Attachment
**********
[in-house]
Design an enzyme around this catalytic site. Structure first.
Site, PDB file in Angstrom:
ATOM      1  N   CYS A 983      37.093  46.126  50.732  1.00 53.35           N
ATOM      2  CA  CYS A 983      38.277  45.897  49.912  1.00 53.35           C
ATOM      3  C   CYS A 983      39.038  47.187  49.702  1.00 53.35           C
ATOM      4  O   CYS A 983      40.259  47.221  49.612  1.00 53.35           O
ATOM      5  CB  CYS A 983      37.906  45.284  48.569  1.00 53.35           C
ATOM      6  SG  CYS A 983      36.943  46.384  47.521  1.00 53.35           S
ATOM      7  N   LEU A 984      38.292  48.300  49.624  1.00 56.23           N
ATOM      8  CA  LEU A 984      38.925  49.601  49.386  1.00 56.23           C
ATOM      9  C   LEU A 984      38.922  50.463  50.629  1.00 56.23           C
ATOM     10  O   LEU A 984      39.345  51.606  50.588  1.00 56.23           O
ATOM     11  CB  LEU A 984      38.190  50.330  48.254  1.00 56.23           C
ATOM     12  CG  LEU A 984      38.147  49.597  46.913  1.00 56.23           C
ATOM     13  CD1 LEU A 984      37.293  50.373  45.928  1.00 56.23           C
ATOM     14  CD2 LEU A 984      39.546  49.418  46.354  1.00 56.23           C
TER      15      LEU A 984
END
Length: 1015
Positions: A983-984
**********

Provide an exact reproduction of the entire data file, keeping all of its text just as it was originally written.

[in-house]
Design an enzyme around this catalytic site. Structure first.
Site, PDB file in Angstrom:
ATOM      1  N   CYS A 983      37.093  46.126  50.732  1.00 53.35           N
ATOM      2  CA  CYS A 983      38.277  45.897  49.912  1.00 53.35           C
ATOM      3  C   CYS A 983      39.038  47.187  49.702  1.00 53.35           C
ATOM      4  O   CYS A 983      40.259  47.221  49.612  1.00 53.35           O
ATOM      5  CB  CYS A 983      37.906  45.284  48.569  1.00 53.35           C
ATOM      6  SG  CYS A 983      36.943  46.384  47.521  1.00 53.35           S
ATOM      7  N   LEU A 984      38.292  48.300  49.624  1.00 56.23           N
ATOM      8  CA  LEU A 984      38.925  49.601  49.386  1.00 56.23           C
ATOM      9  C   LEU A 984      38.922  50.463  50.629  1.00 56.23           C
ATOM     10  O   LEU A 984      39.345  51.606  50.588  1.00 56.23           O
ATOM     11  CB  LEU A 984      38.190  50.330  48.254  1.00 56.23           C
ATOM     12  CG  LEU A 984      38.147  49.597  46.913  1.00 56.23           C
ATOM     13  CD1 LEU A 984      37.293  50.373  45.928  1.00 56.23           C
ATOM     14  CD2 LEU A 984      39.546  49.418  46.354  1.00 56.23           C
TER      15      LEU A 984
END
Length: 1015
Positions: A983-984